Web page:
Although many have attributed the album’s relevance to the highly-publicized beef between Pusha T and Drake, it is hard to deny upon listening to the album that the Kanye West-produced work is a masterpiece. In many ways, the album is the antithesis of Drake’s 2018 release Scorpion in terms of length, sound, and audience. Even the most minute details of the album are critical rhetorical choices. The title, a reference to the Rolex Daytona watch, represents the luxury of time he had to create the album. The album cover, a photo of Whitney Houston’s bathroom taken after her death, represents what he describes in an interview with Trevor Noah as symbolizing the organized chaos found within his brand of luxury street rap. Each track on the album is packed with punchlines, vivid storytelling, and lyrics that require multiple listens to peel back all the layers. In the opening track “If You Know You Know,” Push describes in-depth his drug dealing ventures before the success of his rap career. The song is filled with references that will go right over the heads of casual listeners, oftentimes forcing those unfamiliar with the genre to look to outside resources to understand all the double entendres and punchlines. King Push takes a more conventional approach to modern rap in the next three tracks, flaunting his luxurious lifestyle with an assist from Rick Ross on “Hard Piano (ft. Rick Ross)” and a well-selected sample of The Mighty Hannibal’s “The Truth Shall Set you free” on “Come Back Baby.” On “Santeria,” Push showcases his versatility by describing the murder of his friend De’Von Pickett. In the song, Push pleads to De’Von’s spirit for advice, debating whether or not to seek vengeance on his killer. Push shows his audience the pain he suffered from this tragedy, while also giving a sense of his edge. The album concludes with “Infrared,” a diss track in which Pusha attacks Drake for his use of ghost-writers, and Young Money Records CEO Birdman for his unfair treatment of those signed to his label. This song conceived the summer of rap beef and resulted in the release of “The Story of Adidon,” another diss track aimed at Drake that will go down as one of the greatest examples of battle-rap ever recorded. It combined flow, lyricism, and shock value in such a way that it permanently altered the way the public perceives Drake. Just as he claimed the day it was released, Daytona is, in fact, the album of the year.
Most Anticipated Hip-Hop Albums of 2019
5. Black Star, TBA
In 1998, Talib Kweli and Yasiin Bey (formerly known as Mos Def) released Mos Def and Talib Kweli are Black Star. Despite never achieving major commercial success, the album was praised by critics and is still held up as a lyrical masterpiece 20 years later. Since the release of this album, the two had not made any mention of a follow-up album until last year, when Bey announced at a DJ Madlib set in Denver that a new Black Star album would be coming soon, this time also featuring DJ Madlib. It is important to note that the album has not been confirmed, as Kweli told The Fader that he, “found out on the internet the same way [everyone else] did.” With this in mind, Kweli did not completely dismiss the idea, and Bey claims to have already recorded a significant number of verses for the album, so if Kweli were to sign on, the album should be ready for release very soon. If the album is to release, it will likely provide the genre with a lyrical stimulus that many fans of classic rap feel has been missing since the rise of mumble rap.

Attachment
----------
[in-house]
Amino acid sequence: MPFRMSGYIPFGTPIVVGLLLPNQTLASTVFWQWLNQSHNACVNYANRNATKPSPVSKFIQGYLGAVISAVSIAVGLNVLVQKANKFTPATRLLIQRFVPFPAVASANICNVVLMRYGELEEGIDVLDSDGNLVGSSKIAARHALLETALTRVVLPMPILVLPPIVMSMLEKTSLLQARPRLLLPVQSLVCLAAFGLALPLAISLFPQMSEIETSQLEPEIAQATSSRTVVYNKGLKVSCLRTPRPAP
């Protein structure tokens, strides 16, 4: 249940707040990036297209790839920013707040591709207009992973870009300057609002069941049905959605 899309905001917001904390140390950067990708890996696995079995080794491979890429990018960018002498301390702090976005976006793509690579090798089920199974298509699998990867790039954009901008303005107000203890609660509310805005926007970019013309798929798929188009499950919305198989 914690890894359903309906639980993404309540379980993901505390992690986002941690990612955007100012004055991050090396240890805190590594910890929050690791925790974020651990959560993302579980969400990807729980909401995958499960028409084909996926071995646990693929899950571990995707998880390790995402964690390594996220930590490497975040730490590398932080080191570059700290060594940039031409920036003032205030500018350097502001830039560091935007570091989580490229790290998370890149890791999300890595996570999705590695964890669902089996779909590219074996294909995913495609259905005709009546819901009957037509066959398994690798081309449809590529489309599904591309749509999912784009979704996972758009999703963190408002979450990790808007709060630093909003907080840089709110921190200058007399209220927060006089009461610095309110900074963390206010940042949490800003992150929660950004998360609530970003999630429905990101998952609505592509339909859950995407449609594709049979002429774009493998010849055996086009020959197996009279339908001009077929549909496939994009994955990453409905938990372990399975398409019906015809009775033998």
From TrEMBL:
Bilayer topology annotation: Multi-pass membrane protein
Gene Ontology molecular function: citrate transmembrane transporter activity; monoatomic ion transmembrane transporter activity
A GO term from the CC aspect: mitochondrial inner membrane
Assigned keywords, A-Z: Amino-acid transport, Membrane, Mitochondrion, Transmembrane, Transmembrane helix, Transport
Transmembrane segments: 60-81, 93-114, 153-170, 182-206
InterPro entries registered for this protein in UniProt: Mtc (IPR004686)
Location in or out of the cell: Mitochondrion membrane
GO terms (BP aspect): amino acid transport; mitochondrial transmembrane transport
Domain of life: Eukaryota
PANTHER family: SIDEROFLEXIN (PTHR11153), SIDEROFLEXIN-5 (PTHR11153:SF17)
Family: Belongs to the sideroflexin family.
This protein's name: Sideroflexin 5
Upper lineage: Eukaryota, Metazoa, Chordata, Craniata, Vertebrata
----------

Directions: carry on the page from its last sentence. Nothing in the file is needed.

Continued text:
4. Future, THE WIZRD
On January 18th, Future is set to release THE WIZRD, his seventh studio album and first since Hendrxx, which was released nearly two years ago. This will be the longest break he has taken between studio albums since 2014, when he released Honest nearly two years after his debut album, Pluto. Honest was a breakout album for Future, and is considered by many to be a trap classic. What this means for THE WIZRD is that with the added time spent working on the album, we are likely to see an increase in quality. Future’s previous three albums have each fallen further and further short of the standards set by his double-platinum DS2, with his most recent album selling nearly 300,000 fewer units. The success of Future’s upcoming album is important not only to his relevance in music today but also to his legacy as one of the greatest trap artists of all time.